Uber has lost the legal battle and could set an important precedent, especially at a time when riders are mobilising more than ever to have their work recognised as equal to that of Uber drivers. The transport company’s more than 70,000 drivers operating in the UK will receive a guaranteed minimum wage, paid holidays and automatic access to a pension scheme from Wednesday.
The company said all its drivers will now be paid at least the national minimum wage of £8.72 per hour, rising to £8.91 next month.
The announcement comes a month after the US company lost a legal battle that began in 2016 over the status of drivers, meaning it will now have to classify them as own “workers” rather than self-employed. The Supreme Court ruling concluded on 19 February that Uber workers should have access to all basic rights, as well as paid holidays.
Uber appealed to the court after losing litigation in three lower courts, after a labour court ruled in 2016 that the company’s drivers provide their services as workers and not as external contractors.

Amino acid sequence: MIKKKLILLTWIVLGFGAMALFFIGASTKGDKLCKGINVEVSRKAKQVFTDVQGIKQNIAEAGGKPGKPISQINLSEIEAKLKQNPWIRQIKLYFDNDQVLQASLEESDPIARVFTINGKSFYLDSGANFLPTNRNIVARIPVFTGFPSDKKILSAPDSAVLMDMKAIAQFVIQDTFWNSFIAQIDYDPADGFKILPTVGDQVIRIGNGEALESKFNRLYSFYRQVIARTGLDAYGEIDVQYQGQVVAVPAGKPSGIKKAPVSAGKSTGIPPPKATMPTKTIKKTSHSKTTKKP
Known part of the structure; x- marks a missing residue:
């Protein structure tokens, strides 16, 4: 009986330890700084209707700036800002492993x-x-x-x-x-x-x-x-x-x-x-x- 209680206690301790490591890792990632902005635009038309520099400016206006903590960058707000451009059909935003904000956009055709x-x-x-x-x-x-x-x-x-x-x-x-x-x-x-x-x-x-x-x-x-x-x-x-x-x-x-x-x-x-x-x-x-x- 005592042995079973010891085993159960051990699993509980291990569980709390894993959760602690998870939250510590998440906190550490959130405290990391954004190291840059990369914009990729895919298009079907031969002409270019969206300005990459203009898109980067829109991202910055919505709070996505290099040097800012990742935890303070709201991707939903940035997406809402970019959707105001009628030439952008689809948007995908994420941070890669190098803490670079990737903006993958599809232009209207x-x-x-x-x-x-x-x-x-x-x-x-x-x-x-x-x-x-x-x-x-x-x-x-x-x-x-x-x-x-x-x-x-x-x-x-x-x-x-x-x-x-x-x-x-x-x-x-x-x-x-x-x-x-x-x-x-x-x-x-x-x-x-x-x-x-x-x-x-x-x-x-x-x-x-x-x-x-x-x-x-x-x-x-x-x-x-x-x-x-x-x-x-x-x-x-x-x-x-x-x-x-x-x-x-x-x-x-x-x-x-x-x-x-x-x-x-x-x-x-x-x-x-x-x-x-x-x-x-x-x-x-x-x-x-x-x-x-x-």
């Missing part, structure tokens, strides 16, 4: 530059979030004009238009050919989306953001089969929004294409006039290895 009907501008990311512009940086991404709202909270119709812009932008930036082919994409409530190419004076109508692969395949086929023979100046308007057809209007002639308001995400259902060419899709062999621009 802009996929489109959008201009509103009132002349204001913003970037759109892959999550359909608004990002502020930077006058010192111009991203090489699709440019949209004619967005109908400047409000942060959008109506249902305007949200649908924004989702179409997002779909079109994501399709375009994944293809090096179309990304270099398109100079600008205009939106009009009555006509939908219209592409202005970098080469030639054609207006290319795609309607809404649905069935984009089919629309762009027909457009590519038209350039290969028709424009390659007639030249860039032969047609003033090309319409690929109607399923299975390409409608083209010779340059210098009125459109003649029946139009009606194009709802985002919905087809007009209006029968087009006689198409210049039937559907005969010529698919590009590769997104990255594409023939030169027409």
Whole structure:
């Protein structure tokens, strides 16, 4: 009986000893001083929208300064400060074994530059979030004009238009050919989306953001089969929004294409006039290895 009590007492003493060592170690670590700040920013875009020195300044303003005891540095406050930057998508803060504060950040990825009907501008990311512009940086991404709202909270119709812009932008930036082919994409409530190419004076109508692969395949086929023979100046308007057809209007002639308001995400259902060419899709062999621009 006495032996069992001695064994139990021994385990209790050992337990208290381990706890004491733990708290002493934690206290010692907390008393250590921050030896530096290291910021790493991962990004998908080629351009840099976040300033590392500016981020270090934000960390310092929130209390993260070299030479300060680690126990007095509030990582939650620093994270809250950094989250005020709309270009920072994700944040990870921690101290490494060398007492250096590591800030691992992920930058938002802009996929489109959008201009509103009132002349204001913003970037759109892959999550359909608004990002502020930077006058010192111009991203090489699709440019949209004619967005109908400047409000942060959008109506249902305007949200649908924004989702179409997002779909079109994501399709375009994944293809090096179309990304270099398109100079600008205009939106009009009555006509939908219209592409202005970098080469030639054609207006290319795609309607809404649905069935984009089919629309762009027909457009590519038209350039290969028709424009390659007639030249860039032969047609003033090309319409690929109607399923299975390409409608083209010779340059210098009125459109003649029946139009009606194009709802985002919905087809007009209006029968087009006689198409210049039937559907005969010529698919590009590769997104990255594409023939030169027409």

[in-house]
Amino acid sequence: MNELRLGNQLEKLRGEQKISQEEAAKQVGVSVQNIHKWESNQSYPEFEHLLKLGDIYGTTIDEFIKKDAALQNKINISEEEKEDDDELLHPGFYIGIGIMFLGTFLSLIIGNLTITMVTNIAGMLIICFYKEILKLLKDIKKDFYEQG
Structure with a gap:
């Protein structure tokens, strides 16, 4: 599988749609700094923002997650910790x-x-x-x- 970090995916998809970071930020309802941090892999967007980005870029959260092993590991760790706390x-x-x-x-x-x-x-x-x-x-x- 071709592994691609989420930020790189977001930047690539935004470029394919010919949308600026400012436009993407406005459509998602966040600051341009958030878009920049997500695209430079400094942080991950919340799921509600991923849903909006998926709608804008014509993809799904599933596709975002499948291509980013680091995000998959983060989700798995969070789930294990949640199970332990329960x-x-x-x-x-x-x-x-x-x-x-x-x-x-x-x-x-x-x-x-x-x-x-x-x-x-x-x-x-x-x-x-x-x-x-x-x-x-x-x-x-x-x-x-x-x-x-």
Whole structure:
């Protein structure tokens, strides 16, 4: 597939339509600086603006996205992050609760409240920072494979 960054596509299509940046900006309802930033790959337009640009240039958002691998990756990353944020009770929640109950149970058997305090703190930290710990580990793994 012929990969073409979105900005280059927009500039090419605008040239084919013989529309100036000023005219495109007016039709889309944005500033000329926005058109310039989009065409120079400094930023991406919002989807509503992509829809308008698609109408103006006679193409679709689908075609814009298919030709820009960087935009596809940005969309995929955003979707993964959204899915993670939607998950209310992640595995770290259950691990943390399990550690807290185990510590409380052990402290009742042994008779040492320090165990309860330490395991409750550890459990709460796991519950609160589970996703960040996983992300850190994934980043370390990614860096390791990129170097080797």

The ruling recognises the drivers as workers, but not employees, who enjoy superior employment benefits under UK law, and denies that they are self-employed, as the company claimed.
Jamie Heywood, Uber’s regional manager for Northern and Eastern Europe, called today an “important day” for drivers in the UK, while unions said that “Uber had to be dragged screaming and kicking to do the right thing”.
“Drivers have consistently indicated to us that they wanted the flexibility we provide but also the benefits, and we have struggled to find a way to bring the two together in a way that works for both us and them,” Heywood said.
The Supreme Court ruling also left Uber facing a large compensation bill of up to £12,000 for each of its workers.
From today, drivers will also be paid holiday pay based on 12.07% of their earnings and will be automatically enrolled in a pension scheme to which the company will contribute along with the worker. Workers will also remain free to choose if, when and where they work.